How, then, do we take back some level of control and influence? Certainly, inaction is not the answer. The one option available to us – the legalisation of international trade – is widely rejected. But it is rejected by peripheral stakeholders, who have never assumed the responsibility of looking after a live rhino or had to deploy their employees into harm's way to hold the line against the poachers.
These detractors of the legalisation argument include many in academia, civil society and government. Vicious attacks and threats have meant that certain well-meaning animal-rights nongovernmental organisations not only create uncertainty in the public mind, but also cause the government to dither. Self-proclaimed experts use social-media platforms to pontificate; they conveniently justify donations, while insulting the very men and women who, on a daily basis, are getting on with the job of saving rhinos.
Ask the conservation managers tasked with this job for their views. There is now almost unanimous support among all the public and private conservation agencies in South Africa for legalised international trade in rhino horn. This collective plea from those at the frontline should count for something.
The reason the peripheral stakeholders reject trade is that there is uncertainty about how it will affect demand. They worry that demand could quickly exceed supply. My response is:
- The current situation of zero trade is clearly not working. If we wait until the national herd is in steep decline before acting, we may indeed reach a point where this becomes a self-fulfilling prophecy. Recent data suggests that the rhino population in South Africa is very close to this threshold. If we are to look at trade as an option, we need to do it without delay. Yes, the Cites time frame is a constraint, but Article 15 provides recourse for emergency intervention. Let's use it. Politicians, this is your cue.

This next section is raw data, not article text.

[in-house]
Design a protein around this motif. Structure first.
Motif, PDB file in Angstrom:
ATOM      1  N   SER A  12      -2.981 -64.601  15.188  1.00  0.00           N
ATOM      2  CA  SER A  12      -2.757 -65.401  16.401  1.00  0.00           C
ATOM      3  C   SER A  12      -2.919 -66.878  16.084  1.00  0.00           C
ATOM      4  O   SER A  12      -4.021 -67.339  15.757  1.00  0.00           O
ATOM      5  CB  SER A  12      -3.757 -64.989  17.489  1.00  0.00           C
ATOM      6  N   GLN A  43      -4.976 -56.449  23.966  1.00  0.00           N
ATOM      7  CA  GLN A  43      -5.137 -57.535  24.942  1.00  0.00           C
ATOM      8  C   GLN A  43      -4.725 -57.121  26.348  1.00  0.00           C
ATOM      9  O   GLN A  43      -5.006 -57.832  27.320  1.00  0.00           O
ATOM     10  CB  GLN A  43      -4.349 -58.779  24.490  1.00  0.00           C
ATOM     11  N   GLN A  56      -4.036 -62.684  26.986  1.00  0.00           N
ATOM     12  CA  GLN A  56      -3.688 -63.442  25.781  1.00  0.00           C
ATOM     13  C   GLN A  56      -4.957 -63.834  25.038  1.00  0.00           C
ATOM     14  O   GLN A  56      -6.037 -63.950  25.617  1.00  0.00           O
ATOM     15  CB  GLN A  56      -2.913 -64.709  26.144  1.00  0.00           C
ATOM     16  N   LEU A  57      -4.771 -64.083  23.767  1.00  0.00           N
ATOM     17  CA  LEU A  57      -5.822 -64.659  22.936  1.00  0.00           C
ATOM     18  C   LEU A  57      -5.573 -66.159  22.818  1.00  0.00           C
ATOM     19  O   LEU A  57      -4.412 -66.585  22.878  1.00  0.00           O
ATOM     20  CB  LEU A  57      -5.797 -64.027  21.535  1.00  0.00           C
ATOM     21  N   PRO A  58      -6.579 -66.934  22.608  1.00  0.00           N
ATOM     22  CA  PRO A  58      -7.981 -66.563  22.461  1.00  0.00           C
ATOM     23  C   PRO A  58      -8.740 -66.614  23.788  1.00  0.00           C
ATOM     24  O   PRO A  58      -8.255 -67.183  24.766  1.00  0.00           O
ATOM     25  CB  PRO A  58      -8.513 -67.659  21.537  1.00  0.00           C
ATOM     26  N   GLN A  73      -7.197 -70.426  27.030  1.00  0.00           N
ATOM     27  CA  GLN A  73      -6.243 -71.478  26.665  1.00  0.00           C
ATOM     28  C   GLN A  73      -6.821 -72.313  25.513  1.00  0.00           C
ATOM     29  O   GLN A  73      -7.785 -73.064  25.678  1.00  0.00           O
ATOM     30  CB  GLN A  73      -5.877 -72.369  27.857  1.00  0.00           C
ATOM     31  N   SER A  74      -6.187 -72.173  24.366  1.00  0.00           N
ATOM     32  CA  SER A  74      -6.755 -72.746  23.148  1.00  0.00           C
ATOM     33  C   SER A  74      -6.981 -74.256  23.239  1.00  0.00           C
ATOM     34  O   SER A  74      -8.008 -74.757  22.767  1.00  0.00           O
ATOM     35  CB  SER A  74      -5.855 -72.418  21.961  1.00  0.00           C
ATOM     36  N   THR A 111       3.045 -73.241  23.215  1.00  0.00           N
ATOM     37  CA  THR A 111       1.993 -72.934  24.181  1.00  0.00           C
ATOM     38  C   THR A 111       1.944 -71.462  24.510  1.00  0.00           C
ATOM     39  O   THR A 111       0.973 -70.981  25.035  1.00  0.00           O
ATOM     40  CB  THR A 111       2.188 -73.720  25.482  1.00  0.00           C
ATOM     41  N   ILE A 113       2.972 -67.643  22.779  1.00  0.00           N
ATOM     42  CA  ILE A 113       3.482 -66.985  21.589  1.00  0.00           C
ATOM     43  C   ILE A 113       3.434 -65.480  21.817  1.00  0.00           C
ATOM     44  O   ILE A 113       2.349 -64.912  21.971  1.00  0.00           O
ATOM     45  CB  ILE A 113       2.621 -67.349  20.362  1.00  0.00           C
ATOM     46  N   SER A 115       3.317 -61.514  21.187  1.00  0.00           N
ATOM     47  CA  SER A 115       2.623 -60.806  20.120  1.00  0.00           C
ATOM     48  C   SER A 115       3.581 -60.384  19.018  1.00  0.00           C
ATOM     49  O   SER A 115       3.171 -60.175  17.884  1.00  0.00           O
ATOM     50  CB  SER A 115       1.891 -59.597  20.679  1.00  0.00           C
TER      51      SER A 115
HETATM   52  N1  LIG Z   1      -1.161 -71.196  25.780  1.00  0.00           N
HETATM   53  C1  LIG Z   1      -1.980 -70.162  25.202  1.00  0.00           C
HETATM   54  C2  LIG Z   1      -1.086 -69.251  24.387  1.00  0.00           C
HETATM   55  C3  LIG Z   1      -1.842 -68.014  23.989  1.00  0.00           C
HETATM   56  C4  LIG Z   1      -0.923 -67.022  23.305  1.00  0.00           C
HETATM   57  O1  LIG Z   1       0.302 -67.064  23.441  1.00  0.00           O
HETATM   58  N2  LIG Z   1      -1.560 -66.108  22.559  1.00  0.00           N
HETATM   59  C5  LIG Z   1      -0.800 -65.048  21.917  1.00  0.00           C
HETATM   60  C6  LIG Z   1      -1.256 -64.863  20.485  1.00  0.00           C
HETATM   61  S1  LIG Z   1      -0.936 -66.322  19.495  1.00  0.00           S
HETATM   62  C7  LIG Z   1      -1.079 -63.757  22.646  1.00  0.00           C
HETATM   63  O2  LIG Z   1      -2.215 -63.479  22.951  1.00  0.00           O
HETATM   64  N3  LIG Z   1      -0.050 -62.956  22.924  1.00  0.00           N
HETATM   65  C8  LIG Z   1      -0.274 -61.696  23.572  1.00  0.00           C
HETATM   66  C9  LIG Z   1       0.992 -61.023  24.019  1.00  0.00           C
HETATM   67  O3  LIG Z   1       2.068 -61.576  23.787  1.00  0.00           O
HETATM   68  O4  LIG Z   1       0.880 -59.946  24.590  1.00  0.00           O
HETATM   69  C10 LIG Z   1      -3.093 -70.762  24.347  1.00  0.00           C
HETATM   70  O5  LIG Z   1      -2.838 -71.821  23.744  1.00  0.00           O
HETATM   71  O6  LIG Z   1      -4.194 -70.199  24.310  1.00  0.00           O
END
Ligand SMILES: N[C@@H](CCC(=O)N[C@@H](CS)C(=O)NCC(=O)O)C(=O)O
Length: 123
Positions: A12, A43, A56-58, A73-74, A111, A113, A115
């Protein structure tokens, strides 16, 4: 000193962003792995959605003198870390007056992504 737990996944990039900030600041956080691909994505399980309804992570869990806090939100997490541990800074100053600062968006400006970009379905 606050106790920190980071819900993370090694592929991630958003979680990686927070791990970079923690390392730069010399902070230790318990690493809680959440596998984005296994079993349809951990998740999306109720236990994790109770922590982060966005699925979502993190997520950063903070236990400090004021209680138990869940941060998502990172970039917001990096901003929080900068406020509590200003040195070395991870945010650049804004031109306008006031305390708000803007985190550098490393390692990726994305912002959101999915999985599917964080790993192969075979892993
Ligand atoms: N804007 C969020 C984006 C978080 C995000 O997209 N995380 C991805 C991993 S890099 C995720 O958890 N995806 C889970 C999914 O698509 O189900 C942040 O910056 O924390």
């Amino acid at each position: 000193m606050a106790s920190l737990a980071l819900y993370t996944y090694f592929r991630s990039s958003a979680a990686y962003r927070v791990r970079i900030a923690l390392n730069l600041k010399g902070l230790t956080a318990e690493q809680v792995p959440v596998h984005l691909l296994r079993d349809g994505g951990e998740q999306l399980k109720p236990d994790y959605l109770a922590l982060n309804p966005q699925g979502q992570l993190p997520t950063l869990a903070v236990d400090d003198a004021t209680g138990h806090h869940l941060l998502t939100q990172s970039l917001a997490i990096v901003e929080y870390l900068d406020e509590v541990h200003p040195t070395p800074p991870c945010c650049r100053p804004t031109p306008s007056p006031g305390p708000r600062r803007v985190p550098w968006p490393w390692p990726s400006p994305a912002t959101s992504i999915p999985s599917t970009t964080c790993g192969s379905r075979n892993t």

- I agree that legalised trade will not eliminate poaching. There is a legal market for cars, yet auto theft is rife. The intention is not to use trade to stop poaching, but to prevent the extinction of a species. It is to enable the sustainable use of an animal that uniquely lends itself to non-lethal, repetitive harvesting to fund ever-climbing security costs. Legalised trade would bestow a meaningful value on a live animal again. This would only be good for the survival of the species.
- Yes, there is uncertainty about how trade will affect demand, but since when has economics been an exact science? Economics is driven by supply and demand. We know there is a demand for horn that can be supplied through sustainable, non-lethal harvesting. This will encourage investment in the species, with significant potential for ensuing revenue to fund improved counter-poaching measures.
Concern about supply not meeting demand seems to be founded on current population data. Yet, when left to their own devices, rhinos breed extremely well. Investment in the species, with range expansion, will result in the population growing very quickly indeed. Also, is it not standard practice to regulate demand for a scarce commodity through pricing? Look at diamond sales – and diamonds are not even scarce.
Doing nothing enables your adversary to dictate terms at his discretion. By taking action we will disrupt the status quo, which will expose weaknesses and thus give us opportunities to target these.
The window of opportunity to save the rhino is rapidly closing. We need to act decisively and fast if we are to address what is increasingly becoming an existential threat to all our wildlife and associated economies. We cannot wait until Cites 2016 to advance the trade agenda. We will have lost anther 3000 to 4000 rhinos, plus who knows how many more other animals, by that time.
The criminals' chokehold on the destiny of our wildlife heritage may be too tight to break. We need to take back that destiny by doing exactly what the criminals don't want us to do: legalise the international trade in rhino horn.
Andrew Parker is the chief executive of the Sabi Sands reserve